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Authors: Sabrina Vourvoulias

Skin in the Game

BOOK: Skin in the Game
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Contents

Title Page

Copyright Notice

Begin Reading

Copyright

 

 

Geocache

I am at B Street and Somerset, headed for Zombie City. Or La Boca del Diablo—the Devil's Mouth—as the Latinos in the surrounding barrio call it.

Neither name shows up on GPS, of course, because maps are pure fantasy. What is real doesn't fit on a grid. And Zombie City/La Boca del Diablo is real.

The zombies, los vivos, the ghosts who live there—all real. Their hunger—real.

It's the city's double-named portal to the underworld, and I'm headed there because I have some sympathy for its inhabitants. Because I know hunger. And because it's my beat.

*   *   *

Not the Expected Fictions

The zombies are all white.

They take the subway to Somerset, cross the streets of the barrio, then climb through a hole in the railroad fence and scramble down under the Conrail tracks to get their ten dollar fixes of heroin.

After shooting up, while their minds are swaddled in the wooliest moment of their drug, they pace the rails—wordless, aimless, brains on mute—until need turns them back around to do it again.

Los vivos are Latino.

Vivo means alive—as in the mothers, grandmothers, kids, comais, and compais who live on the streets above la Boca del Diablo. But it also means cunning, as in the drug dealers they are always assumed to be, and sometimes are.

The zombies and los vivos coexist for minutes, hours, and sometimes days together: the dead white ones who pay not to see, and the living brown ones who can't look away.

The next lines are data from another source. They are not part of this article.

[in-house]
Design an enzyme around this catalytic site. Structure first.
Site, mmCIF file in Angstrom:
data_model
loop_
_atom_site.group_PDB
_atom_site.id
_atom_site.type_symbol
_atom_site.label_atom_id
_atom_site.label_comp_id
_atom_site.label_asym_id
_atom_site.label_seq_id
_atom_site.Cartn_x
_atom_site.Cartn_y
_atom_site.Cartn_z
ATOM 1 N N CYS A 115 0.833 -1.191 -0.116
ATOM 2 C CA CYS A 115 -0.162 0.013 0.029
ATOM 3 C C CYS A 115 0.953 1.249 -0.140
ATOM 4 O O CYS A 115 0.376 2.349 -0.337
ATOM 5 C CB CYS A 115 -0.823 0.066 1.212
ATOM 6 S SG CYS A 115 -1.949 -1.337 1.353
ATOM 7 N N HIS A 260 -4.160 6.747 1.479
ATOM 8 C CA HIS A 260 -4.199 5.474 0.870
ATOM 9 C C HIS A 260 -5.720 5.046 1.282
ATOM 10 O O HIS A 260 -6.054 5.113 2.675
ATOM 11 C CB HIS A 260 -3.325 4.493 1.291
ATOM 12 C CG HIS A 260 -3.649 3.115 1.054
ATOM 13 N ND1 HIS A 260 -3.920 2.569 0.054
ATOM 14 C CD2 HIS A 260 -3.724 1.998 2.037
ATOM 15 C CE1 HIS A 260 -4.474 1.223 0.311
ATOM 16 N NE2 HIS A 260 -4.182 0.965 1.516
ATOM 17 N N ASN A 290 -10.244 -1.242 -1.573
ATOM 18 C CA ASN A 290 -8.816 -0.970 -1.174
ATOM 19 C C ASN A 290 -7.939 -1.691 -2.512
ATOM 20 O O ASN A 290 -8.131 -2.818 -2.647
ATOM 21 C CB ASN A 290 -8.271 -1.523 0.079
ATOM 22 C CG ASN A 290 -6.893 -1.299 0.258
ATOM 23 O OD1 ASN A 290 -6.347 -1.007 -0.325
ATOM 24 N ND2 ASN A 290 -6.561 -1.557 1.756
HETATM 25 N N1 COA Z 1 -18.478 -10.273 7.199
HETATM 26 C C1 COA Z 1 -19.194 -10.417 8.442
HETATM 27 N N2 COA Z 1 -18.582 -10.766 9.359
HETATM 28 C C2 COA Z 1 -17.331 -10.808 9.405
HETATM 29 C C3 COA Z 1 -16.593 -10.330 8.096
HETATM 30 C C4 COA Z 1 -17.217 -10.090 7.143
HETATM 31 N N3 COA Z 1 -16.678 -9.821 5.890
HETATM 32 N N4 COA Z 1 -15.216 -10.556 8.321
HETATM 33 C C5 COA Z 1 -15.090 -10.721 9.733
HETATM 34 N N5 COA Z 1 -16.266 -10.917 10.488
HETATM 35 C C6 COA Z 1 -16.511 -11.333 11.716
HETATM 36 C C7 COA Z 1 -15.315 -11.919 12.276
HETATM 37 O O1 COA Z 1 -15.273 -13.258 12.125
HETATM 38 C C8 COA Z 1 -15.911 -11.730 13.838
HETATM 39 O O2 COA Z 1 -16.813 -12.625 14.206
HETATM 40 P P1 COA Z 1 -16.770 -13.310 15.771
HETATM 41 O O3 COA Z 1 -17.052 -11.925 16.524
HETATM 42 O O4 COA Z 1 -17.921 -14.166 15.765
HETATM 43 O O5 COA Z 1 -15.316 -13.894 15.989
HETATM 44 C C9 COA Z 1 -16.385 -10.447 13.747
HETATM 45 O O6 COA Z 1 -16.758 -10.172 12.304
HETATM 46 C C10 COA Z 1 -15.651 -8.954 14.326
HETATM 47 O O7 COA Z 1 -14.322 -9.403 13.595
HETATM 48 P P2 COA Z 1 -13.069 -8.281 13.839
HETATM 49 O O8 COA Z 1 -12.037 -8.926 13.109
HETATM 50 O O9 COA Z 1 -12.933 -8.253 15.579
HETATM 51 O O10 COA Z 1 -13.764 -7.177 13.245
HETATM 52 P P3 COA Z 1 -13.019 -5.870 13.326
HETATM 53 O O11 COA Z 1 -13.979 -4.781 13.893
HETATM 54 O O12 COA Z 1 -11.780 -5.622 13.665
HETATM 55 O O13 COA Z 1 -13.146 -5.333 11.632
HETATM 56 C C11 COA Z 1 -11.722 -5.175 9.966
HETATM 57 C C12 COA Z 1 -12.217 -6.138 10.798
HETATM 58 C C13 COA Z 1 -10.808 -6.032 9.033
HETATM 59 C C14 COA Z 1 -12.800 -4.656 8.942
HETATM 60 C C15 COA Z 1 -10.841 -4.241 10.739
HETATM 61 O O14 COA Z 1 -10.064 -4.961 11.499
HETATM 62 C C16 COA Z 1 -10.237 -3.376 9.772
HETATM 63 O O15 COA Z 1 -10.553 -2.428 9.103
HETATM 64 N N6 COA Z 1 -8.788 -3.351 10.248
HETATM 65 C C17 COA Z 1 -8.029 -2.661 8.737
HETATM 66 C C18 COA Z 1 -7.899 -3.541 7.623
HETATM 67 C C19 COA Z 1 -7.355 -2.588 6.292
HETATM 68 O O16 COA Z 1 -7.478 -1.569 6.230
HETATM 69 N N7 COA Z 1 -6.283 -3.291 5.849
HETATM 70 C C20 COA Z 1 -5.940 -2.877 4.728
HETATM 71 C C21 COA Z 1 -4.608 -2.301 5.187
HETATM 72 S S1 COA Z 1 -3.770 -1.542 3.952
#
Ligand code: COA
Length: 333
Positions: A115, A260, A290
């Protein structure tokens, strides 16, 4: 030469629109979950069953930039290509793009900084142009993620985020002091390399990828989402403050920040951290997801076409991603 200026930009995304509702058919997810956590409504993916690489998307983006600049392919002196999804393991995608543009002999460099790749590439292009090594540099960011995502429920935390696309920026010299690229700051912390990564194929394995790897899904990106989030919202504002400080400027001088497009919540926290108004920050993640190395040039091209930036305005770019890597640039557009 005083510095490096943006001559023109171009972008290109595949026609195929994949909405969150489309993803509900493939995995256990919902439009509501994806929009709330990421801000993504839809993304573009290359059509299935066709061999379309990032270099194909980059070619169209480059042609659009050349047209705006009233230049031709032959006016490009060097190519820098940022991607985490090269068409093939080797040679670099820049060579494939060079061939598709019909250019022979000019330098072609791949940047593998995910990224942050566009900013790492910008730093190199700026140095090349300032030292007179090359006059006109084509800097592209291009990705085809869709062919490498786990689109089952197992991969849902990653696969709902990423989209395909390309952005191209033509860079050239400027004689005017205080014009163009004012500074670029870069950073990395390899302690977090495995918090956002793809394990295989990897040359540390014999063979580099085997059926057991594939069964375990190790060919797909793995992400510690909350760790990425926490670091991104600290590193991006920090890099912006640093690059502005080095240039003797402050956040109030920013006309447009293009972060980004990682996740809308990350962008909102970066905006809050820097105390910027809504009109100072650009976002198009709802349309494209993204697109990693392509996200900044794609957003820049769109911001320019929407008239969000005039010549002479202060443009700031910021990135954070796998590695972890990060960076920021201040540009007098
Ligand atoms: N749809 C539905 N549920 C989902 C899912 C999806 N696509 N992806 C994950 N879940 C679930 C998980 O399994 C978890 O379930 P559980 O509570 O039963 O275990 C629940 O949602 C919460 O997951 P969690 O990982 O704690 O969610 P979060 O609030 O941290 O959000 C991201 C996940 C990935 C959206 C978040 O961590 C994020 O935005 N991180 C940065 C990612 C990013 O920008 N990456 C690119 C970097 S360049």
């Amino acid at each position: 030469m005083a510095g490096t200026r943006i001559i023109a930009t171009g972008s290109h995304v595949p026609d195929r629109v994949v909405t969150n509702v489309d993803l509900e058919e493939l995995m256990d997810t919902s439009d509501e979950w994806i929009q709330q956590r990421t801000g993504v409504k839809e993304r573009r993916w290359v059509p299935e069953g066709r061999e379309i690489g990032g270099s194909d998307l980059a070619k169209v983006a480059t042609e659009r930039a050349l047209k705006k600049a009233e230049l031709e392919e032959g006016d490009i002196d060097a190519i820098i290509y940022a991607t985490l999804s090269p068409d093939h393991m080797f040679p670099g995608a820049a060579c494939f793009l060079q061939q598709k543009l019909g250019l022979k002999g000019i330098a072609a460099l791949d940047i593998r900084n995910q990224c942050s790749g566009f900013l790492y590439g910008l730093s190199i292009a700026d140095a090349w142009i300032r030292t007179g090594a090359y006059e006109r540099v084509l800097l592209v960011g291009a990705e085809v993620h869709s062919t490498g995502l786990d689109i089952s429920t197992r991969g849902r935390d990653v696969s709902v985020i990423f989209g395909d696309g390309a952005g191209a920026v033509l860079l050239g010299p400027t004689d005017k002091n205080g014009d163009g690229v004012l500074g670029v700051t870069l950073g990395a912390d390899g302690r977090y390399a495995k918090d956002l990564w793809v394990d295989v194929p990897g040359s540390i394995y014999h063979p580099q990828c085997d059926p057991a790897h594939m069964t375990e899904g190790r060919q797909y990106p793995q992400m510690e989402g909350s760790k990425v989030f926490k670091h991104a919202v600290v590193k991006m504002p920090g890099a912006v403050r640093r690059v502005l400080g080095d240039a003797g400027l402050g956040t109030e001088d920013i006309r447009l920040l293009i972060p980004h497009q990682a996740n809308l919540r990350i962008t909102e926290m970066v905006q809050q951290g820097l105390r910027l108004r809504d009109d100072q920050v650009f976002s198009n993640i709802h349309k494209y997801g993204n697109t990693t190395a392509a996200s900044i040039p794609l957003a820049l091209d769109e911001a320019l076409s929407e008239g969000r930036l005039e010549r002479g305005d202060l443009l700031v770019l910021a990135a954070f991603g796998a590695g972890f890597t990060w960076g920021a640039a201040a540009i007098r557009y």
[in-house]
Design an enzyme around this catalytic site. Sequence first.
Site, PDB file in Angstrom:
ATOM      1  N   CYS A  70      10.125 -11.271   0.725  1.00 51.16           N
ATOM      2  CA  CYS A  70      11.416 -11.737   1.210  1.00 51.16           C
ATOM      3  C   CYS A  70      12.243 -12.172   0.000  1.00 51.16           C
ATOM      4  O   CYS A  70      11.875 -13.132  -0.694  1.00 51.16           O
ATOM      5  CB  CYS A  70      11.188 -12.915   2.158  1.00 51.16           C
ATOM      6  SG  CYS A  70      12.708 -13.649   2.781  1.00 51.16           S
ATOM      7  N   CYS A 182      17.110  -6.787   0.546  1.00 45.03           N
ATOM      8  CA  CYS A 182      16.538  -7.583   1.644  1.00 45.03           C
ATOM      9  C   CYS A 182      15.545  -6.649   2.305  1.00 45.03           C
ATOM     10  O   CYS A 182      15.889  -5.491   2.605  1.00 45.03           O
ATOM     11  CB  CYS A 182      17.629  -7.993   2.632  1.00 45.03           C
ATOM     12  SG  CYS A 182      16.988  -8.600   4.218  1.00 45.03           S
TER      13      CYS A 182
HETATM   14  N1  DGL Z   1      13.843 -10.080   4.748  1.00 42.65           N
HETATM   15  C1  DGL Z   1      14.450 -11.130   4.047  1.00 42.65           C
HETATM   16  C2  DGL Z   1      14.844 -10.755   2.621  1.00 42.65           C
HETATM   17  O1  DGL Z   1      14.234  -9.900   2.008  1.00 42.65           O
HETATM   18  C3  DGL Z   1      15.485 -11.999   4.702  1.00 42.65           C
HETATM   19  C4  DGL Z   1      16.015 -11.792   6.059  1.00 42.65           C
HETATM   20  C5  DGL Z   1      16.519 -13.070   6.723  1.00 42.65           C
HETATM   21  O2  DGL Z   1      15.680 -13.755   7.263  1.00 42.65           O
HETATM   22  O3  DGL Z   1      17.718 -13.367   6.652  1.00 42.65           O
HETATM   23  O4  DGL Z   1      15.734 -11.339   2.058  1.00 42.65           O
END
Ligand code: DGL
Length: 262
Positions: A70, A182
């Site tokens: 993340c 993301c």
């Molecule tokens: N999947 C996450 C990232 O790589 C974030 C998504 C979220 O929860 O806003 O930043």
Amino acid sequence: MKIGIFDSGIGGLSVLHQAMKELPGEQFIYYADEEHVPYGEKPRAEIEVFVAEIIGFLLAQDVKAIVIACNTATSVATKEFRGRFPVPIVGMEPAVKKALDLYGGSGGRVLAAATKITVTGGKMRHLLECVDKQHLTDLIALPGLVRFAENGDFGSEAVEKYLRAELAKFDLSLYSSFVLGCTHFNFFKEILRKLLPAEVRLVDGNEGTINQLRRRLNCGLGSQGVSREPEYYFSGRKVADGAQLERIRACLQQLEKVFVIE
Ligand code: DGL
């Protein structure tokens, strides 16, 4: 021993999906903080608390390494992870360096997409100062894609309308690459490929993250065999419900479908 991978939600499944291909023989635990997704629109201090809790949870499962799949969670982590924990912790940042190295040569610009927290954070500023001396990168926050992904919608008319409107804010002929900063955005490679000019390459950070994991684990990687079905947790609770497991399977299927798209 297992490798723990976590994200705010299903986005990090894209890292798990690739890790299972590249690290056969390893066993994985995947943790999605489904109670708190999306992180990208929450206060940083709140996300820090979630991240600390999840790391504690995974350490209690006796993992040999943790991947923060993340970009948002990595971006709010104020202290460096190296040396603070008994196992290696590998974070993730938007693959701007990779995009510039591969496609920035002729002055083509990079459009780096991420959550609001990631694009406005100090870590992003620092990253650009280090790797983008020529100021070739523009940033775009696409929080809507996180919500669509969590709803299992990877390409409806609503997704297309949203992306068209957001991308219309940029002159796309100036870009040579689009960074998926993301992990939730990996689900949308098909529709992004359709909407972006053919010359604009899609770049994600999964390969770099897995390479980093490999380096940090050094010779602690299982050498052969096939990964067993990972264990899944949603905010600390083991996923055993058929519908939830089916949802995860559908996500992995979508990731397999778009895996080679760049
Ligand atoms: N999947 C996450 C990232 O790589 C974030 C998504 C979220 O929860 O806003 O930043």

And around them, flitting in and out of notice, the ghosts. They are black and white and brown, because homelessness may be the only thing in this city that doesn't heed our segregated neighborhood lines.

The ghosts pitch their tents at the edge of Zombie City and string wards and prayers from tarp to tarp. Better than any other resident or visitor, the ghosts know the truth. No moment of peace is guaranteed.

*   *   *

Stay In or Take Out

Yolanda looks up at me, hands spread protectively over the bags of food in the trunk of her car. She always parks it at the same spot on the Richmond bridge above Zombie City.

“Ah, Blanca,” she says. It's not my name, but what she calls me because I take after my father and pass for white. She's Afrolatina, so the Boricuas and Dominicans call her morena. Or, when they want to slur, prieta.

Spanish is so damned regional, even in the city. As a Mexican from South Philly, morena doesn't mean black to me, and prieta is an insult more commonly levied at those of us with indigenous heritage. But I learned as soon as I got to the 24th precinct that I'd better adapt to the older barrio's way.

“Somebody been hassling you, Yoli?” I ask. The ghosts love her because she brings cooked meals for them every other day, but the zombies and dealers can get rough sometimes.

“No, of course not,” she answers, but I see her shoulders relax.

I'm shorter than Yoli—shorter than most women in the United States because my mother is from Chiapas and my tatarabuela was Mam—but I'm big otherwise and all of it is muscle. Plus, I'm quick with my taser and the 9 mm. People know not to mess with Yoli when I'm around.

“La Isleta gave me some pork and yuca for today's meals,” she says. “And McDonald's pitched in some fries.” Yoli doesn't have much to call her own, but she gets every merchant in the barrio to contribute food for the ghosts.

“It's all still warm. Want some?” she asks. She knows I don't eat while I'm on duty, but she asks the same thing every time we meet, because she's got that gene that equates food with caring.